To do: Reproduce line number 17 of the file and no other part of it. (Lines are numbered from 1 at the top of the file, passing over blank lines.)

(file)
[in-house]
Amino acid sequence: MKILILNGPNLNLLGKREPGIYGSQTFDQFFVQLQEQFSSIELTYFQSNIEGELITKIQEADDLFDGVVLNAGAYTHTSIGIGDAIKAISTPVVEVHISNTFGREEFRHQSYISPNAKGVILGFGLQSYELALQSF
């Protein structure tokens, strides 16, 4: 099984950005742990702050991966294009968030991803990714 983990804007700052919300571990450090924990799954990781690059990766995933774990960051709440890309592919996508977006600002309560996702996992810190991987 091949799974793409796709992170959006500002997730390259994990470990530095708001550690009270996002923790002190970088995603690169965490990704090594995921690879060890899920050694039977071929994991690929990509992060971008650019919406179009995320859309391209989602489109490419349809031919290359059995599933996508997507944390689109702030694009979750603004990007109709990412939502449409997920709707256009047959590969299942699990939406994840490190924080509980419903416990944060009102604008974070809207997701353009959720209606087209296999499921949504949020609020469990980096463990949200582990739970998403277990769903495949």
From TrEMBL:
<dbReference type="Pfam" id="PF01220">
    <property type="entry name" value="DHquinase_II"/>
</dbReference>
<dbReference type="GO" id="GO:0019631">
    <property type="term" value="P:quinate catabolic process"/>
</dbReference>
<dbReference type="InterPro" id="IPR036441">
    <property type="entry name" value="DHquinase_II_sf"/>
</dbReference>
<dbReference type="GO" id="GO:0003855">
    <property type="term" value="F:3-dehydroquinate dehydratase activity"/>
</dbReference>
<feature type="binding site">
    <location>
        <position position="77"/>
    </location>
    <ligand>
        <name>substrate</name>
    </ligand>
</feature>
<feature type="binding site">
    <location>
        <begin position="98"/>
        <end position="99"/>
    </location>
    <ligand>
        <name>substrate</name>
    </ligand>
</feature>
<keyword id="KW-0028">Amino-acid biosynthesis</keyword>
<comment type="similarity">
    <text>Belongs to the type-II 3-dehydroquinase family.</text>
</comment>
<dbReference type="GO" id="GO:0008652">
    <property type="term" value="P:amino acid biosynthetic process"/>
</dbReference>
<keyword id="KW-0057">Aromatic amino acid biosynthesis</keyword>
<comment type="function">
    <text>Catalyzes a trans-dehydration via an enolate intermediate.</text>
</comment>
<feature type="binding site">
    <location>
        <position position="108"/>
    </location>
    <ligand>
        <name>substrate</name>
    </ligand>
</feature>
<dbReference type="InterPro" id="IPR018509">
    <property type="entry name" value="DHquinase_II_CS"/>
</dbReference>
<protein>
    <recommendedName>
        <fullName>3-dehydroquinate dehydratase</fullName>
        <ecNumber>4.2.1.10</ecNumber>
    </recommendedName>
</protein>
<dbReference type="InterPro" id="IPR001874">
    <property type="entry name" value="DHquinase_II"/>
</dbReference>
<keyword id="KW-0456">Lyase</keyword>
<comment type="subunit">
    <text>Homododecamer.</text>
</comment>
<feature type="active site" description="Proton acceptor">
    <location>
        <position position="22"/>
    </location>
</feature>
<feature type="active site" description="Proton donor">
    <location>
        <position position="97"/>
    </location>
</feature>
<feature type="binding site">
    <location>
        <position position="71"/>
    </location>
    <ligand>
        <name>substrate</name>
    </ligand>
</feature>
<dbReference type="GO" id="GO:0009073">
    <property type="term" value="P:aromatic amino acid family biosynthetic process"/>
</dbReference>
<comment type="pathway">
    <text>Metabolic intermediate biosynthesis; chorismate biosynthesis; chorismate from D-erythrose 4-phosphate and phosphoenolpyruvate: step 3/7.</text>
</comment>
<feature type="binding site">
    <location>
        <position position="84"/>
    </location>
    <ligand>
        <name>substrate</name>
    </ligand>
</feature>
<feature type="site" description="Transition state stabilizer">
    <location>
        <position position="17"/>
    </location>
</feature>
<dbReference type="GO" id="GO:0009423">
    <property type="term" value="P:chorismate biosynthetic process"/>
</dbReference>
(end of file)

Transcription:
<feature type="binding site">